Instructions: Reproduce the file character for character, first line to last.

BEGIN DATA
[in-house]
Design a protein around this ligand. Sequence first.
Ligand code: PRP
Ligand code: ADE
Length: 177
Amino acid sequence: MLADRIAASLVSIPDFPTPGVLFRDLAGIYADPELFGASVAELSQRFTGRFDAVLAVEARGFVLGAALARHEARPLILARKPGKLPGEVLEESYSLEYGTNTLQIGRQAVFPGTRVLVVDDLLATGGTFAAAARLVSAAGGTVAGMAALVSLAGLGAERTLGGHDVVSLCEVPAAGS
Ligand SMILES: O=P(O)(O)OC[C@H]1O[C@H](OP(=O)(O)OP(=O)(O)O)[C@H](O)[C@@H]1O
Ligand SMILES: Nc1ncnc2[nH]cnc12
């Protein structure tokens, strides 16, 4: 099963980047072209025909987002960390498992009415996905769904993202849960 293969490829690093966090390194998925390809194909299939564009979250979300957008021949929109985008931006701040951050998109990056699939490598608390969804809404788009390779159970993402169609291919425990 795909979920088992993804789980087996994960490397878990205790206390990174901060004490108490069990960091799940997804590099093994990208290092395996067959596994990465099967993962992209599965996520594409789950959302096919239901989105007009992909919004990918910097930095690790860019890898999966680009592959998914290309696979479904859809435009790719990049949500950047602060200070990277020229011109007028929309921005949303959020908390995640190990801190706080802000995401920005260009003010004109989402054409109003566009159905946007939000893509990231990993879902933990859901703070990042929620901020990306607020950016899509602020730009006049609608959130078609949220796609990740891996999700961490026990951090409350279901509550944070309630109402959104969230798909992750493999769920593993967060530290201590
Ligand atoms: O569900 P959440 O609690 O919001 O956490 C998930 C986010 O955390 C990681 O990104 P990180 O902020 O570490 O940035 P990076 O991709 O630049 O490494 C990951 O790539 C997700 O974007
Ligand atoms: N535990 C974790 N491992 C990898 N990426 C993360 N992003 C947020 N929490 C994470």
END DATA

[in-house]
Design a protein around this ligand. Sequence first.
Ligand code: PRP
Ligand code: ADE
Length: 177
Amino acid sequence: MLADRIAASLVSIPDFPTPGVLFRDLAGIYADPELFGASVAELSQRFTGRFDAVLAVEARGFVLGAALARHEARPLILARKPGKLPGEVLEESYSLEYGTNTLQIGRQAVFPGTRVLVVDDLLATGGTFAAAARLVSAAGGTVAGMAALVSLAGLGAERTLGGHDVVSLCEVPAAGS
Ligand SMILES: O=P(O)(O)OC[C@H]1O[C@H](OP(=O)(O)OP(=O)(O)O)[C@H](O)[C@@H]1O
Ligand SMILES: Nc1ncnc2[nH]cnc12
């Protein structure tokens, strides 16, 4: 099963980047072209025909987002960390498992009415996905769904993202849960 293969490829690093966090390194998925390809194909299939564009979250979300957008021949929109985008931006701040951050998109990056699939490598608390969804809404788009390779159970993402169609291919425990 795909979920088992993804789980087996994960490397878990205790206390990174901060004490108490069990960091799940997804590099093994990208290092395996067959596994990465099967993962992209599965996520594409789950959302096919239901989105007009992909919004990918910097930095690790860019890898999966680009592959998914290309696979479904859809435009790719990049949500950047602060200070990277020229011109007028929309921005949303959020908390995640190990801190706080802000995401920005260009003010004109989402054409109003566009159905946007939000893509990231990993879902933990859901703070990042929620901020990306607020950016899509602020730009006049609608959130078609949220796609990740891996999700961490026990951090409350279901509550944070309630109402959104969230798909992750493999769920593993967060530290201590
Ligand atoms: O569900 P959440 O609690 O919001 O956490 C998930 C986010 O955390 C990681 O990104 P990180 O902020 O570490 O940035 P990076 O991709 O630049 O490494 C990951 O790539 C997700 O974007
Ligand atoms: N535990 C974790 N491992 C990898 N990426 C993360 N992003 C947020 N929490 C994470």